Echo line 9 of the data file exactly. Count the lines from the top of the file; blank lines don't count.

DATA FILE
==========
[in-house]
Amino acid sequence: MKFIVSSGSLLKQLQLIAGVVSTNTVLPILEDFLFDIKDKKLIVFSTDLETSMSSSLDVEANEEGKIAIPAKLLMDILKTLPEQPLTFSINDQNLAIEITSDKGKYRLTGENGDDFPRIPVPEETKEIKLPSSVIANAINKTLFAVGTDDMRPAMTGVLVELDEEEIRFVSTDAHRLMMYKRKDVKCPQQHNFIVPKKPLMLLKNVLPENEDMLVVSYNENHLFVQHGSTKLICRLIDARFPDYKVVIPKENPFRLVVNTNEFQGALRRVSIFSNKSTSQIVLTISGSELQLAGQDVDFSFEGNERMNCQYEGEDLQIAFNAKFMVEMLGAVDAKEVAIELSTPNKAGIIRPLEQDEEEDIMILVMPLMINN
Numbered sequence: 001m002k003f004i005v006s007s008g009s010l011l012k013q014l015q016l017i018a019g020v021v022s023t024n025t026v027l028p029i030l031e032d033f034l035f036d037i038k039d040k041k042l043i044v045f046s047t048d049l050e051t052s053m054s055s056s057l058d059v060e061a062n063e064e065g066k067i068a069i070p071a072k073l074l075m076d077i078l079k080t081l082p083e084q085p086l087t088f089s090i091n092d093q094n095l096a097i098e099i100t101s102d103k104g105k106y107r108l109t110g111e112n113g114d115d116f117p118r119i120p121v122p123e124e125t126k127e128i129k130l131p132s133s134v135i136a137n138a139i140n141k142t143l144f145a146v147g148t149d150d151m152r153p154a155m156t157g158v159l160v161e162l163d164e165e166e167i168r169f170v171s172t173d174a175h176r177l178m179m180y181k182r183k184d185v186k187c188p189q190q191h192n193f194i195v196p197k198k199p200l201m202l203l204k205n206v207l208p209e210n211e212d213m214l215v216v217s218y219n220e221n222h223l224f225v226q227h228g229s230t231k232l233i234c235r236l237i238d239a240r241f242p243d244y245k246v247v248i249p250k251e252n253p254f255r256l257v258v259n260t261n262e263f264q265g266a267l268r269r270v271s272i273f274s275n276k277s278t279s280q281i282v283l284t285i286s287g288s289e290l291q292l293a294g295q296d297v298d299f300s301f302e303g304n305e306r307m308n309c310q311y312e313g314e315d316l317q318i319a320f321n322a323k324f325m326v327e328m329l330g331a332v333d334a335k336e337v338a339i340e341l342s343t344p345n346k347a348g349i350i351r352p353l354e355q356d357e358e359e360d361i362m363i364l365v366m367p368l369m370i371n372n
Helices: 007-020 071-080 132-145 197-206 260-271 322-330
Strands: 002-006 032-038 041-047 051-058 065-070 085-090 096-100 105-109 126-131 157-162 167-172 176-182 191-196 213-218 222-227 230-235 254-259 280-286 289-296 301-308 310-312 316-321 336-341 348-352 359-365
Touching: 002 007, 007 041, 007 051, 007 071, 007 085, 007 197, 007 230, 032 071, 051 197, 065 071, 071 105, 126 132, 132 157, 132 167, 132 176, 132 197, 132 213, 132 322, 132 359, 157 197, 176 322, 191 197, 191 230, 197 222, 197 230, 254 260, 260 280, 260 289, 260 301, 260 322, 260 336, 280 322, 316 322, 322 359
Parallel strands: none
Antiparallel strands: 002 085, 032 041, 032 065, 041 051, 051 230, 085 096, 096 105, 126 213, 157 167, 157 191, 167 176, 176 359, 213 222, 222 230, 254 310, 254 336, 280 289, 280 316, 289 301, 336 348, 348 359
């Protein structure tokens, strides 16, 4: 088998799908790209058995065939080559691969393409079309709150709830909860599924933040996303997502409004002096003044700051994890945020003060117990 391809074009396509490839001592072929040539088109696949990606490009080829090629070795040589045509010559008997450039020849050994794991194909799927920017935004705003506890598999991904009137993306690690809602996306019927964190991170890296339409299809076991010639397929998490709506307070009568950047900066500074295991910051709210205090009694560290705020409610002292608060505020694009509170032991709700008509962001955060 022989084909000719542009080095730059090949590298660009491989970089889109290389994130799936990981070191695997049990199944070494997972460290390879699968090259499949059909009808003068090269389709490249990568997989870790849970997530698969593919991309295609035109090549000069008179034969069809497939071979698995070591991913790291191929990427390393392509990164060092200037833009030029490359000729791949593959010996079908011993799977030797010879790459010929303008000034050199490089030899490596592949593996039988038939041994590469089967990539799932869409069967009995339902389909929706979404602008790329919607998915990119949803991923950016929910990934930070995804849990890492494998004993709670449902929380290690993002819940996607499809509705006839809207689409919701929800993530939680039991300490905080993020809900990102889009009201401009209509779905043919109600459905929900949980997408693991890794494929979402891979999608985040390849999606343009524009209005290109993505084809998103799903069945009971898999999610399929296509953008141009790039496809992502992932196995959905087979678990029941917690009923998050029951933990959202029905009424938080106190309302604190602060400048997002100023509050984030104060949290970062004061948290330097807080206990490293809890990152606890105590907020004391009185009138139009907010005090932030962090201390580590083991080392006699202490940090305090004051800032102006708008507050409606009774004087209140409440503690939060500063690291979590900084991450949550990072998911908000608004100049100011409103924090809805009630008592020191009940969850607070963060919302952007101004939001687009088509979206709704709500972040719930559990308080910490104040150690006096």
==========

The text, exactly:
């Protein structure tokens, strides 16, 4: 088998799908790209058995065939080559691969393409079309709150709830909860599924933040996303997502409004002096003044700051994890945020003060117990 391809074009396509490839001592072929040539088109696949990606490009080829090629070795040589045509010559008997450039020849050994794991194909799927920017935004705003506890598999991904009137993306690690809602996306019927964190991170890296339409299809076991010639397929998490709506307070009568950047900066500074295991910051709210205090009694560290705020409610002292608060505020694009509170032991709700008509962001955060 022989084909000719542009080095730059090949590298660009491989970089889109290389994130799936990981070191695997049990199944070494997972460290390879699968090259499949059909009808003068090269389709490249990568997989870790849970997530698969593919991309295609035109090549000069008179034969069809497939071979698995070591991913790291191929990427390393392509990164060092200037833009030029490359000729791949593959010996079908011993799977030797010879790459010929303008000034050199490089030899490596592949593996039988038939041994590469089967990539799932869409069967009995339902389909929706979404602008790329919607998915990119949803991923950016929910990934930070995804849990890492494998004993709670449902929380290690993002819940996607499809509705006839809207689409919701929800993530939680039991300490905080993020809900990102889009009201401009209509779905043919109600459905929900949980997408693991890794494929979402891979999608985040390849999606343009524009209005290109993505084809998103799903069945009971898999999610399929296509953008141009790039496809992502992932196995959905087979678990029941917690009923998050029951933990959202029905009424938080106190309302604190602060400048997002100023509050984030104060949290970062004061948290330097807080206990490293809890990152606890105590907020004391009185009138139009907010005090932030962090201390580590083991080392006699202490940090305090004051800032102006708008507050409606009774004087209140409440503690939060500063690291979590900084991450949550990072998911908000608004100049100011409103924090809805009630008592020191009940969850607070963060919302952007101004939001687009088509979206709704709500972040719930559990308080910490104040150690006096």